The 20 Beatles Songs That John Lennon Disliked

The 20 Beatles Songs That John Lennon Disliked | I Love Classic Rock Videos

John Lennon in a 1968 interview - DrSalvadoctopus / Youtube

John Lennon, apart from being remembered as a “genius poet” in the music industry, had always been known by some to have the sharpest tongue when it comes to criticizing. One of the reasons why he and his buddy Paul McCartney have a bit of a falling out was due to his harsh comments to the latter’s songwriting style. Yet, what most people don’t know, he’s also equally critical of his songs inside the band who catapulted him to stardom. Below is a combination of hits, underrated tracks, and many more songs that didn’t receive the OK button from the legendary star.


“A Taste of Honey” – Please Please Me (1963)

A song created for its eponymous play, Lennon mocked the song, oftentimes singing “A Waste of Money” during the Beatles’ live show days.

“Yes It Is” – Past Masters (1965)

Trying to rewrite The Beatles’ “This Boy,” Lennon felt he didn’t quite achieve the supposed rhythm and greatness that the latter has.

“Lady Madonna” – Past Masters (1965)

John didn’t felt proud of his contribution to “Lady Madonna,” although he liked the piano licks of the song.

“It’s Only Love” – Help! (1965)

“I always thought it was a lousy song. The lyrics were abysmal,” Lennon admitted in an interview with David Sheff for All We Are Saying.

“Run For Your Life” – Rubber Soul (1965)

For many years, John had complained about the track being his “throwaway song” more than once.

“Paperback Writer” – Past Masters (1966)

Lennon dismissed the song as a “son of [The Beatles song] ‘Day Tripper.’”

“When I’m Sixty Four” – Sgt. Pepper’s Lonely Hearts Club Band (1967)

It’s the music-hall style of Macca’s that Lennon always sneered at, calling it “granny music sh*t.”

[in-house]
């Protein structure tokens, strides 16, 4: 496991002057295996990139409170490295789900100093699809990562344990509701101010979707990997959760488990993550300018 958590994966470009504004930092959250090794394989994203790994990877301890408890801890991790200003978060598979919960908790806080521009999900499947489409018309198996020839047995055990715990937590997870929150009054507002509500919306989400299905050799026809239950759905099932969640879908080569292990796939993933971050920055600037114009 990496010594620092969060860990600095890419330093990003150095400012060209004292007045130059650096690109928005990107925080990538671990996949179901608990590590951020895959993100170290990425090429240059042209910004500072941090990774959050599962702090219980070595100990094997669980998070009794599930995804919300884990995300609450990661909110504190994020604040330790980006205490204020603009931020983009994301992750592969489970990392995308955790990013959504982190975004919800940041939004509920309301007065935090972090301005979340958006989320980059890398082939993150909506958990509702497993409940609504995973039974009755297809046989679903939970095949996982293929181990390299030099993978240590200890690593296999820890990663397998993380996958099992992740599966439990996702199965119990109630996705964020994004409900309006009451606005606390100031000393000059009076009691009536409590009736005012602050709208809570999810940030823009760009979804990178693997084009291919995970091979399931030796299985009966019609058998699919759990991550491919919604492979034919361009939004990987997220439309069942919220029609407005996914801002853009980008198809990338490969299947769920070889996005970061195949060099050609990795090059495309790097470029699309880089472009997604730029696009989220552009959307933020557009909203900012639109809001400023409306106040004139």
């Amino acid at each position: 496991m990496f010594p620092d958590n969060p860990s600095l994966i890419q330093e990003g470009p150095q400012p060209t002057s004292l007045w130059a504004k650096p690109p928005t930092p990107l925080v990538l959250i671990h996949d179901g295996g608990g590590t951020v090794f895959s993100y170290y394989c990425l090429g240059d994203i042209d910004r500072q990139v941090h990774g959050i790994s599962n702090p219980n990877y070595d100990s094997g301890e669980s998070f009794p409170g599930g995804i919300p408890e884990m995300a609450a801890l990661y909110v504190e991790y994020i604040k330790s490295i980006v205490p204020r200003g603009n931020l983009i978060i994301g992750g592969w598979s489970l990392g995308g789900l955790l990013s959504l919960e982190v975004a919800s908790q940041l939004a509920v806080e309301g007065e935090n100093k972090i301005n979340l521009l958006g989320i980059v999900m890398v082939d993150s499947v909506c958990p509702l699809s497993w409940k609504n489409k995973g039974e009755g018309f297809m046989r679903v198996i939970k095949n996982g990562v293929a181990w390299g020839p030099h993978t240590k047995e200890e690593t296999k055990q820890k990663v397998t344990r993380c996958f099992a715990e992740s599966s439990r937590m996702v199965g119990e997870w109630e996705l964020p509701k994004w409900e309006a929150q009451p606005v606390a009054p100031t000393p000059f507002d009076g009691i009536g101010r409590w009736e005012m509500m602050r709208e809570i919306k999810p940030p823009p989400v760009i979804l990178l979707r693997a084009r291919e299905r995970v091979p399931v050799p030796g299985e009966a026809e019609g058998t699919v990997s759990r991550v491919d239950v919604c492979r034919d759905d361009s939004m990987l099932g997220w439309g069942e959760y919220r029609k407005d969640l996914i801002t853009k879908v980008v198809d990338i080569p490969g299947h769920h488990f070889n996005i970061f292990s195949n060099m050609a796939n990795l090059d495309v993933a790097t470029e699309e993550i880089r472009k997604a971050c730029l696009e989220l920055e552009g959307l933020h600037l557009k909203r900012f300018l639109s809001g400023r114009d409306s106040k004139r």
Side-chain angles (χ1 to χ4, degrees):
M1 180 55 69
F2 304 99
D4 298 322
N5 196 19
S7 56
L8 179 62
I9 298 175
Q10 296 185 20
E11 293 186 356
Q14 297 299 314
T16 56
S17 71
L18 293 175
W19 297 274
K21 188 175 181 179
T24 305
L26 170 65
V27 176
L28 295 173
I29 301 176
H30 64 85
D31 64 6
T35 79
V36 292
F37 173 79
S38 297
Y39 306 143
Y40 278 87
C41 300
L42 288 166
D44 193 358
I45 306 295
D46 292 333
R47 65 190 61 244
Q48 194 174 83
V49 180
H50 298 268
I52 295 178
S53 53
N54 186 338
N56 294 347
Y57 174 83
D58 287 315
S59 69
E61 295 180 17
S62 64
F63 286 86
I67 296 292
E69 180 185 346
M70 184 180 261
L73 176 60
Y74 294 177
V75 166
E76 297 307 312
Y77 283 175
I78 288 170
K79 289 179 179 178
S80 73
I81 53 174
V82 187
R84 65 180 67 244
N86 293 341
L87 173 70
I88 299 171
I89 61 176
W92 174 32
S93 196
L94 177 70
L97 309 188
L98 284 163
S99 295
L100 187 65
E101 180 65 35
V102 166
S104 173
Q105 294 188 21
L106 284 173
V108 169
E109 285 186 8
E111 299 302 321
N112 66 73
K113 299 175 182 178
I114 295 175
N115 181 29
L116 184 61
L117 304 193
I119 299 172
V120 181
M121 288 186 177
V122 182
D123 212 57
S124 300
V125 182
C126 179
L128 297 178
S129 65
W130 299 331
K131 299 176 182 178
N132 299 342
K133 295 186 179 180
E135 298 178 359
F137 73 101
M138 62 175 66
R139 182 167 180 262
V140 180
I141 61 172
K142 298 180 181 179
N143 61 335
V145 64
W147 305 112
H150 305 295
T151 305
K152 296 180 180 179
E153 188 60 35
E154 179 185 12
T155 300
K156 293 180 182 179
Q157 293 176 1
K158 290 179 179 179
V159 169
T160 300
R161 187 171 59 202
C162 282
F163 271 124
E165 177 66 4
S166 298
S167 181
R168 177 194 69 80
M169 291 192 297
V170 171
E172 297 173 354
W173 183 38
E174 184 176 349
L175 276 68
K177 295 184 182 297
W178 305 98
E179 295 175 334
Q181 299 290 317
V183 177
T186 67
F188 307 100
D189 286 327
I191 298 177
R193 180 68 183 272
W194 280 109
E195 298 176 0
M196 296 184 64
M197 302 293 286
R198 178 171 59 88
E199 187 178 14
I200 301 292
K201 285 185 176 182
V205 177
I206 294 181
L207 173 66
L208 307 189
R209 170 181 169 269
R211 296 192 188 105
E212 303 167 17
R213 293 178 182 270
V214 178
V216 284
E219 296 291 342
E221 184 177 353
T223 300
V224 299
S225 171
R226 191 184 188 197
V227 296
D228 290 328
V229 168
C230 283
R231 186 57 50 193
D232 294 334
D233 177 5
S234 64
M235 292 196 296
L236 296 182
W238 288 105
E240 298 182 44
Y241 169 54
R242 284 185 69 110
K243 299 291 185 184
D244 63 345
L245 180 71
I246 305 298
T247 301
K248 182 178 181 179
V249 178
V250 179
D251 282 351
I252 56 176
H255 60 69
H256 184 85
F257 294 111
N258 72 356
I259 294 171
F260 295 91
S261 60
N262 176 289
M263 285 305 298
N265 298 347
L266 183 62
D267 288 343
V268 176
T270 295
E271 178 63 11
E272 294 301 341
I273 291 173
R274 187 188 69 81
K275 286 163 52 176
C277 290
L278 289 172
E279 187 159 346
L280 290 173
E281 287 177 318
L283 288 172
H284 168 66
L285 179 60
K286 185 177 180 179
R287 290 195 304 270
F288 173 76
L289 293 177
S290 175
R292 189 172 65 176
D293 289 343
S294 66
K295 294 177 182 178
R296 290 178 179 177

“Good Morning, Good Morning” – Sgt. Pepper’s Lonely Hearts Club Band (1967)

“It’s a throwaway, a piece of garbage, I always thought,” John told in All We Are Saying.

“Lovely Rita” – Sgt. Pepper’s Lonely Hearts Club Band (1967)

Lennon expressed disinterest when writing songs about other people and always found comfort when the song he’s writing is about him.

“Lucy in the Sky with Diamonds” – Sgt. Pepper’s Lonely Hearts Club Band (1967)

John Lennon once admitted to hearing the song, saying: “The track is just terrible. I mean, it is a great track, a great song, but it isn’t a great track because it wasn’t made right.”

“Hello Goodbye” – Magical Mystery Tour (1967)

Lennon made some withering comments about Paul’s song in Playboy, telling the audience that “it wasn’t a great piece.”

“Ob-La-Di, Ob-La-Da”White Album (1968)

The real song which sparked Lennon’s comments about “granny sh*t.” Apparently, Lennon wasn’t the only one who hated it; Beatle George Harrison also expressed his dislike for the song.

“Cry Baby Cry” – White Album (1968)

Lennon hated it so much to the point that he disowned it.

“Rocky Raccoon” – White Album (1968)

“I just thanked God it wasn’t one of mine,” John mentioned in Blackbird: The Life and Times of Paul McCartney.

“Birthday” – White Album (1968)

Lennon assumed that his bandmate Paul might’ve wanted to write a 50’s type of song, which he thought was a “piece of garbage.”

“Mean Mr. Mustard” – (1969)

A song he’d written back in India during their visit to Maharishi Mahesh Yogi, he called this one “a crap.”

“Sun King” – Abbey Road (1969)

The original title was supposed to be “Here Comes The Sun King,” but was cut to “Sun King” to avoid similarities with Harrison’s “Here Comes The Sun.” In a 1980 interview, Lennon was quoted saying it’s a piece of garbage he had lying around.

“Dig A Pony” – Let It Be (1970)

“It was a nonsense song,” Lennon admitted in 1972.

“Let It Be” – Let It Be (1970)

The song which gave the album its title, John admitted to not being a huge fan of the song. When asked by David Sheff on who wrote it, Lennon said Paul, admitting: “Nothing to do with the Beatles. It could’ve been Wings.”

“Across the Universe” – Let It Be (1970)

“It was a lousy track of a great song, and I was so disappointed by it,” the singer admitted to Sheff, specifically blaming McCartney for not helping him perfect this one.